[ Unregistered ]


Total posts: 413
Posted:Time is running, but my memories remain.


Move where master path trace the Poi path.


Proof of concept:

1) Every hybrid has 2 center of rotation, one for each hand.
2) The hand path, master path trace, the Poi path.

The second rule include also the first one and is very strong,
becasue it's not based on basic components.

It's pure tech.


It can be proven that triqetra is not a hybrid, also cap is
a different tech a should not be mixed with hybrids.

If you will look into drex hybrid theory will see the reason
why is this deffinition so accurate. There is no hybrid
move that will not pass this definition, also no every
combination is hybrid.

There aare many cap flower patterns floating around now,
but there ar not all hybrid.

I could bring here many examples but I think the definition
is self explanatory. Path definisions:

Poi path:

The set of points the poi head passes through over time.

Master path:

The set of points the hand passes through over time.


Personaly I think this definition is not new, but I
want it stay remind to other.



Delete Topic

GOLD Member since Dec 2009


Almost again
Location: Finland

Total posts: 124
Posted:Dunno why this needed a new thread since there was already a couple discussing this topic, but w/e smile .
I don't think the definition is perfect though. How about an isolated buzzsaw? There the hand and poi paths are the same, but I think we'd all agree that it's not a hybrid.
And as for your first premise, none of the hybrids with static spin in it have centers of rotation for both hands.

And personally, I don't see how a rule/argument is more strong if its based on complicated tech than if its based on the basics. I'd rather see it the other way around. Since the basics are more sturdy in concept than a lot of the techy stuff (which I would just classify as complicated basics, instead of putting them aside as a different group), I would think the opposite is true.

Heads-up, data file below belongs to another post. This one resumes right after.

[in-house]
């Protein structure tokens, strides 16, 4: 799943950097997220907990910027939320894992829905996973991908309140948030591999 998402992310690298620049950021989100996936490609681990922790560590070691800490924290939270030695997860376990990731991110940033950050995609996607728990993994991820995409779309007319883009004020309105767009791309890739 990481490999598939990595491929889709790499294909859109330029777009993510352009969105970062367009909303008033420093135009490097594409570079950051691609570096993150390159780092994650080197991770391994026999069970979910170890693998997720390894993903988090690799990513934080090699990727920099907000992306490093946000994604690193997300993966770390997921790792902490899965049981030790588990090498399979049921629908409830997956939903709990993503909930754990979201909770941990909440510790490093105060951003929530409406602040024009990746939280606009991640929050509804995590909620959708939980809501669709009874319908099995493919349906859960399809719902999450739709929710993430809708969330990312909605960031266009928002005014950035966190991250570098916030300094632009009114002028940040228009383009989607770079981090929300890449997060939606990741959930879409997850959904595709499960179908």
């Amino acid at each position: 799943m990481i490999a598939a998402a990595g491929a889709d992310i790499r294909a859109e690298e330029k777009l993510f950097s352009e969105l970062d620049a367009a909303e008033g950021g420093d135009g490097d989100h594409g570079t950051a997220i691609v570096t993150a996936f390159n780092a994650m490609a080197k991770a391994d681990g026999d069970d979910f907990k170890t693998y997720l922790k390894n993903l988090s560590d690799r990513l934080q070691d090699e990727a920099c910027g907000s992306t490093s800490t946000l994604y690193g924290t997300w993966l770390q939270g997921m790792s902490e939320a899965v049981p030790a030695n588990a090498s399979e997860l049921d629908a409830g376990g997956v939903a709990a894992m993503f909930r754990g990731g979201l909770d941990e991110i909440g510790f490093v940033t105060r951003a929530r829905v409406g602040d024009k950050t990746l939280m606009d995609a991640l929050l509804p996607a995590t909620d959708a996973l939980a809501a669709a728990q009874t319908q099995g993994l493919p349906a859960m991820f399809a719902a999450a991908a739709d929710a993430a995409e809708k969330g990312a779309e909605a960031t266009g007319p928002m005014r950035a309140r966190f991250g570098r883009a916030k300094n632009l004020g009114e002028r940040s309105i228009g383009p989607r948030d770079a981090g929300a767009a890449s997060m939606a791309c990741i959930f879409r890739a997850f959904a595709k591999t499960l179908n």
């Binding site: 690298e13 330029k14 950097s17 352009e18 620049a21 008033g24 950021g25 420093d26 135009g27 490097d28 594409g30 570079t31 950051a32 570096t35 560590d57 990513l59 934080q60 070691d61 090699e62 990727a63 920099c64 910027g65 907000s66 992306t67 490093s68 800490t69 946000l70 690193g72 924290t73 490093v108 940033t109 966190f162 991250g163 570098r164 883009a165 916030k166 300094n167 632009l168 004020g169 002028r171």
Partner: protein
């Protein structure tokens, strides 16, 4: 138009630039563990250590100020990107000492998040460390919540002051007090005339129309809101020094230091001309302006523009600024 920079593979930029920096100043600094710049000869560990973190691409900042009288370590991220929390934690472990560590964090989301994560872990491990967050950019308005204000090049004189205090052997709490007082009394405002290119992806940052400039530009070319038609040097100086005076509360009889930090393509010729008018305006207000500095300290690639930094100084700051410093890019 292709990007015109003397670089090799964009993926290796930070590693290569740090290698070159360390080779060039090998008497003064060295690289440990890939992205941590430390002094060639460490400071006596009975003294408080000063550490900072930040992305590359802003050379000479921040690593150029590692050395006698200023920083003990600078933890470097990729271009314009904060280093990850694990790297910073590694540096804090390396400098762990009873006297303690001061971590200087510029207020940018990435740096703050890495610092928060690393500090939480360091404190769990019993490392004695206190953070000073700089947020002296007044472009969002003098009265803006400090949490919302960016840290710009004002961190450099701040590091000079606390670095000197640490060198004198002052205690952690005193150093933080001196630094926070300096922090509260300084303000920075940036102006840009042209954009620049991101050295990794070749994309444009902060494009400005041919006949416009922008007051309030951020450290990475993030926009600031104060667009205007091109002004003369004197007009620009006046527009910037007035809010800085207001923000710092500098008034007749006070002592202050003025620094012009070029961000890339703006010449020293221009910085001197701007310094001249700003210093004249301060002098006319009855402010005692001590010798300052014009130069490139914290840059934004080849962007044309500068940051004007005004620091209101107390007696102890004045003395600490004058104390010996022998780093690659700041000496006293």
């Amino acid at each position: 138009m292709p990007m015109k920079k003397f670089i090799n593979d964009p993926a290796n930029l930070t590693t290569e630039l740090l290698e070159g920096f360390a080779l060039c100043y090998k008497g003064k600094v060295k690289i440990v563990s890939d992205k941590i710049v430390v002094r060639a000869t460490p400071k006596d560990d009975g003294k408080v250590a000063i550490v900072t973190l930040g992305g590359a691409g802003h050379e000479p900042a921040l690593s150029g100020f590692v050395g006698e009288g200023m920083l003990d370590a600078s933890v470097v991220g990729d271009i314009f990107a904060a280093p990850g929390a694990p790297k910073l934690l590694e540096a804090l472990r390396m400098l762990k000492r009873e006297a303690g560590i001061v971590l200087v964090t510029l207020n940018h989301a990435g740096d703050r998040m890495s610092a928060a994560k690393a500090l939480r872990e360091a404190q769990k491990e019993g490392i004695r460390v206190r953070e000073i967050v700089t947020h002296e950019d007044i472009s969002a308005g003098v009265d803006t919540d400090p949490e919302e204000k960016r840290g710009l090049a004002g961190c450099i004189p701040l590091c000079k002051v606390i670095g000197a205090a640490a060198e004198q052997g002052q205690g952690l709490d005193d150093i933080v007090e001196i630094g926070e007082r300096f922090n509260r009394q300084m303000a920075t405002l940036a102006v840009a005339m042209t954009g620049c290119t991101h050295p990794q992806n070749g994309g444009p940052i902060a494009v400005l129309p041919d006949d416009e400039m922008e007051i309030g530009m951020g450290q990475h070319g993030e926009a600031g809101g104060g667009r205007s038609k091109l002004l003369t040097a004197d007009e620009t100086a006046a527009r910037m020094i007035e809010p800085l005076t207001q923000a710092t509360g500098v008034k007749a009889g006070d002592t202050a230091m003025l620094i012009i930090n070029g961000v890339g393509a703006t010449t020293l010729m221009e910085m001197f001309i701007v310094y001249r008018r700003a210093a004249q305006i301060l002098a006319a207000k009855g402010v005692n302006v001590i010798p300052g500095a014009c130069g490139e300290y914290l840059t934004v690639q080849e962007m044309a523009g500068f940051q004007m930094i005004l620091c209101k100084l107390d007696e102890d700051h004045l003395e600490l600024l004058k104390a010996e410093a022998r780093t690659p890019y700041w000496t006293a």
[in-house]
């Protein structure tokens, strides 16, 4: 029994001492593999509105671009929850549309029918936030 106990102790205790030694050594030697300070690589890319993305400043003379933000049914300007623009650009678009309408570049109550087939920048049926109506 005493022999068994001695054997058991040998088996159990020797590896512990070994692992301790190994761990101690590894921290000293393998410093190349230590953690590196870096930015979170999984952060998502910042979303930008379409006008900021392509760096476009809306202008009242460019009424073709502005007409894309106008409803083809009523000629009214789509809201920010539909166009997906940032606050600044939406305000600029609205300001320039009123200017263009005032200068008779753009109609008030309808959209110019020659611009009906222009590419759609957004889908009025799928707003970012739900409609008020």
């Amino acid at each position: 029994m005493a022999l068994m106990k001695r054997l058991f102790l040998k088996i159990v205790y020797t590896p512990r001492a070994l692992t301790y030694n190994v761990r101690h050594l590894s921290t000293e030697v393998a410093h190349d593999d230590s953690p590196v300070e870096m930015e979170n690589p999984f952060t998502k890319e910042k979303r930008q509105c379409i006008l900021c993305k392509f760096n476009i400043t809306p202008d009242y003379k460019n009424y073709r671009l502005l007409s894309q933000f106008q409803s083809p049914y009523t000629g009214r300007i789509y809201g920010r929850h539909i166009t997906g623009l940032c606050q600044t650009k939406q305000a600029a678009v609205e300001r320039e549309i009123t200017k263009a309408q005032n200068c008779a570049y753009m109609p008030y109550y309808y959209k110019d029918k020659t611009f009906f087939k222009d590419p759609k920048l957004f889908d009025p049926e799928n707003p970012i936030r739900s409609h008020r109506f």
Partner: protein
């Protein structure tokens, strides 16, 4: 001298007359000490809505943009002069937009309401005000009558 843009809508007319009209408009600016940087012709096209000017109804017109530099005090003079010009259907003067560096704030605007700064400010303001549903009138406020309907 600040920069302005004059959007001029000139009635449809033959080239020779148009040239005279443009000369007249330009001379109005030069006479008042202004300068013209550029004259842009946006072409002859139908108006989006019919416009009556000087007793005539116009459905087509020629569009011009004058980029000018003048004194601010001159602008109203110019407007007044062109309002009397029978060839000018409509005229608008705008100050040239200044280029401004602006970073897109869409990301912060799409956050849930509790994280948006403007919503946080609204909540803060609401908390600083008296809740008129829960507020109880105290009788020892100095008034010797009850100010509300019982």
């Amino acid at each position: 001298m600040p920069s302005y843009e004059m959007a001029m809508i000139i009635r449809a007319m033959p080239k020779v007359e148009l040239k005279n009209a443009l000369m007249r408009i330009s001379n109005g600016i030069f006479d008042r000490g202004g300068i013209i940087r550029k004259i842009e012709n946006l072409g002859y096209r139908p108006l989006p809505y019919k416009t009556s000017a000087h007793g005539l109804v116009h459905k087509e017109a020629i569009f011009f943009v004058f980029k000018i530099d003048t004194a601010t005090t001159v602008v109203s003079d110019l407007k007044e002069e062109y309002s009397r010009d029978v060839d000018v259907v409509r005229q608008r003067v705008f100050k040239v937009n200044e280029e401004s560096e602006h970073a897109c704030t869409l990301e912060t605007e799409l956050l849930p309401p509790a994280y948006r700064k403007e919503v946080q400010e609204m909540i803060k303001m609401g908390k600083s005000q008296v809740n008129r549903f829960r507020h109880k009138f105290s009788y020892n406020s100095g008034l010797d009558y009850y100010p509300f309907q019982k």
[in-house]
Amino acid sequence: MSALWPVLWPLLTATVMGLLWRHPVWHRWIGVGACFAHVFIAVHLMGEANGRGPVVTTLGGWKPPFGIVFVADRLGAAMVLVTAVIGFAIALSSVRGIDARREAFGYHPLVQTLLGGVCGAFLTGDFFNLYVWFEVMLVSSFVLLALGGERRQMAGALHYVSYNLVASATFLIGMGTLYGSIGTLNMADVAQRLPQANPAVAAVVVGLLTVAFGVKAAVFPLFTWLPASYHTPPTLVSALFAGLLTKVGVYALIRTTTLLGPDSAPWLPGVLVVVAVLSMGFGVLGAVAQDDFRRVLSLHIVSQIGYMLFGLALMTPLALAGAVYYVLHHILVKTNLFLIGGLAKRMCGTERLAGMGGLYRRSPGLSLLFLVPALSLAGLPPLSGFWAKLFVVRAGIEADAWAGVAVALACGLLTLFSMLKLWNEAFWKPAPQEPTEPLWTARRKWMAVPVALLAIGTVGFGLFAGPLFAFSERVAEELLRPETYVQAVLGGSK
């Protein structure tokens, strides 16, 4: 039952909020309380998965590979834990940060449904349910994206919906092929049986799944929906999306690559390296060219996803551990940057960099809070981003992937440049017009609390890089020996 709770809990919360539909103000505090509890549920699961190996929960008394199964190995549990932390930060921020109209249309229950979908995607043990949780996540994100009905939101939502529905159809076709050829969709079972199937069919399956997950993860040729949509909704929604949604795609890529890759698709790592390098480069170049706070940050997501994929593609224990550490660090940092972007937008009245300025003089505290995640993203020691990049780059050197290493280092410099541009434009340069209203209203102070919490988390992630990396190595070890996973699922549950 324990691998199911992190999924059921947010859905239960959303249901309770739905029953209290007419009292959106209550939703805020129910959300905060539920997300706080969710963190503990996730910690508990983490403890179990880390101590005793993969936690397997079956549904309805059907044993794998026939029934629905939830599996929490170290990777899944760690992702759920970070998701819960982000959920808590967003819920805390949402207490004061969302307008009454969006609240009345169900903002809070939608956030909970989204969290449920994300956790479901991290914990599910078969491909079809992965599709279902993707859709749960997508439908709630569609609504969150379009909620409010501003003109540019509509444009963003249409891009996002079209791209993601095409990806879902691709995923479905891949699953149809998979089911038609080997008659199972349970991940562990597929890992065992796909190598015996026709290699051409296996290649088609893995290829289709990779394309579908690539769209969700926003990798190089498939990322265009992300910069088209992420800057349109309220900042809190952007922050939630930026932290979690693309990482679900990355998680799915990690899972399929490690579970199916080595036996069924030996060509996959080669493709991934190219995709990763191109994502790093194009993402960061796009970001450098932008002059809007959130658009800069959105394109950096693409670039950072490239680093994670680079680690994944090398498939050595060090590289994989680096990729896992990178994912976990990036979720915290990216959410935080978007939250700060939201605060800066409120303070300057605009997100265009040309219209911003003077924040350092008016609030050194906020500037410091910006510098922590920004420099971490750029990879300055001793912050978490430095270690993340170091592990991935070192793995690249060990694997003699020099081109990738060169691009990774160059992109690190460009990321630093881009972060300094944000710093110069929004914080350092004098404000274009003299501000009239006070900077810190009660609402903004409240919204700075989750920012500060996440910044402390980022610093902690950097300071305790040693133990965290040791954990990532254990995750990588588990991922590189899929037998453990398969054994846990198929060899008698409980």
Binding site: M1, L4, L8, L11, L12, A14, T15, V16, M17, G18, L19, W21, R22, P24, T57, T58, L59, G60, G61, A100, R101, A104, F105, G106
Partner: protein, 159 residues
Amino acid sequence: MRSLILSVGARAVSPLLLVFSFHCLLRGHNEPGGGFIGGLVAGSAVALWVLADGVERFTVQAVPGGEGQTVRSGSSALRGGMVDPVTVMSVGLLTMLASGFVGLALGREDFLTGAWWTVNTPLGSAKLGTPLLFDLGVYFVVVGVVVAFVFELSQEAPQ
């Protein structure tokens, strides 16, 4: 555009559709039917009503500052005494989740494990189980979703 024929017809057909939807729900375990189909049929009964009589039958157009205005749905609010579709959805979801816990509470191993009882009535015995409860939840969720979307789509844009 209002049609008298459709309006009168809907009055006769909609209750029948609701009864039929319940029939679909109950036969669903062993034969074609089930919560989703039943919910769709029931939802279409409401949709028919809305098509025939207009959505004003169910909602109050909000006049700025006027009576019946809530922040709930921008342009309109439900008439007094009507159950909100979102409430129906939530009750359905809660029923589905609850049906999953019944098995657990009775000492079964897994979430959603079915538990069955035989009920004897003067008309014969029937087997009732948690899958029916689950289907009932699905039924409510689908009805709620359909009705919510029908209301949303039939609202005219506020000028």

But in any case, I understood Drex's current explanation of hybrids just slightly differently:
According to my understanding, all the hybrids have 2 or 3 of the 4 components (the components being the hands and the poi heads) tracing the same circle. So this leads to us having a few different kinds of hybrids..
All the hybrids having 2 components tracing the same circle:
- hand/hand (with the specification that both hands aren't doing the same move)
- hand/poi
- poi/poi (again, with the specification that both hands aren't doing the same move. So for example, a pendulum vs static spin would apply here [pend. vs static would also be a polyrhythm hybrid, since they can't be spun at the same speed] )

And all the hybrids having 3 components tracing the circle (these would all include an isolation):
- hand/hand/poi
- hand/poi/poi

If all the 4 components are following the same circle, that is an isolated buzzsaw and is not included into hybrids.

EDITED_BY: Teamo (1277645582)


SILVER Member since Aug 2007


Rampant whirler.
Location: Geelong, Victoria, Australia!

Total posts: 2418
Posted:In reality... rather than being a component of definition, isn't the concept of paths more about necessity for it to meet the basic requirement of it being something of two different driving styles?

Due to the approximation involved in this (your hands will NEVER be tracing the EXACT same pattern) if its not hand/hand, it'll end up being an approximation of hand/head or similar.



[ Unregistered ]


Total posts: 413
Posted:Quote:And as for your first premise, none of the hybrids with static spin in it have centers of rotation for both hands.

Yer, they have a thats the reason why buzzsaw isolation isn't hybrid, because it has only one center for mboth hands.

Besic will allways stay basic even complicated, but tech is pure tech.

It's tracing of two different paths, thats a premise.

If you will realy on basic elements you will get struglled,
like flowing in a bubble. grin